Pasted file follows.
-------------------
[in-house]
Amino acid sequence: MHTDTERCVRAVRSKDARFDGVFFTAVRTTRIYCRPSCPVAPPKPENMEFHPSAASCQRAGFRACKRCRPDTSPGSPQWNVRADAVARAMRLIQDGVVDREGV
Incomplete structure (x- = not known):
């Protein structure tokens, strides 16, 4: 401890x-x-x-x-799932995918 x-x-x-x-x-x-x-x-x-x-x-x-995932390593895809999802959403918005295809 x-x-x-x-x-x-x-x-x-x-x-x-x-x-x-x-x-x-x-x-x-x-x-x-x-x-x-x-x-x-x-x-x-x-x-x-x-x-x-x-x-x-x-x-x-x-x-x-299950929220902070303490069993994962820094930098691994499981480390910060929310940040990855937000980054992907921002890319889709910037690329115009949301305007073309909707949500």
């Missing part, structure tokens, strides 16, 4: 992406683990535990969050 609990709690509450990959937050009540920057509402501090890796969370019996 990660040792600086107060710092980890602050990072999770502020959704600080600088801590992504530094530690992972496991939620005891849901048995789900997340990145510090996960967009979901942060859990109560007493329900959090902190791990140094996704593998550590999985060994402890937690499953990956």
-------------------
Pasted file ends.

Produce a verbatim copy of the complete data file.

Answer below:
[in-house]
Amino acid sequence: MHTDTERCVRAVRSKDARFDGVFFTAVRTTRIYCRPSCPVAPPKPENMEFHPSAASCQRAGFRACKRCRPDTSPGSPQWNVRADAVARAMRLIQDGVVDREGV
Incomplete structure (x- = not known):
């Protein structure tokens, strides 16, 4: 401890x-x-x-x-799932995918 x-x-x-x-x-x-x-x-x-x-x-x-995932390593895809999802959403918005295809 x-x-x-x-x-x-x-x-x-x-x-x-x-x-x-x-x-x-x-x-x-x-x-x-x-x-x-x-x-x-x-x-x-x-x-x-x-x-x-x-x-x-x-x-x-x-x-x-299950929220902070303490069993994962820094930098691994499981480390910060929310940040990855937000980054992907921002890319889709910037690329115009949301305007073309909707949500």
């Missing part, structure tokens, strides 16, 4: 992406683990535990969050 609990709690509450990959937050009540920057509402501090890796969370019996 990660040792600086107060710092980890602050990072999770502020959704600080600088801590992504530094530690992972496991939620005891849901048995789900997340990145510090996960967009979901942060859990109560007493329900959090902190791990140094996704593998550590999985060994402890937690499953990956």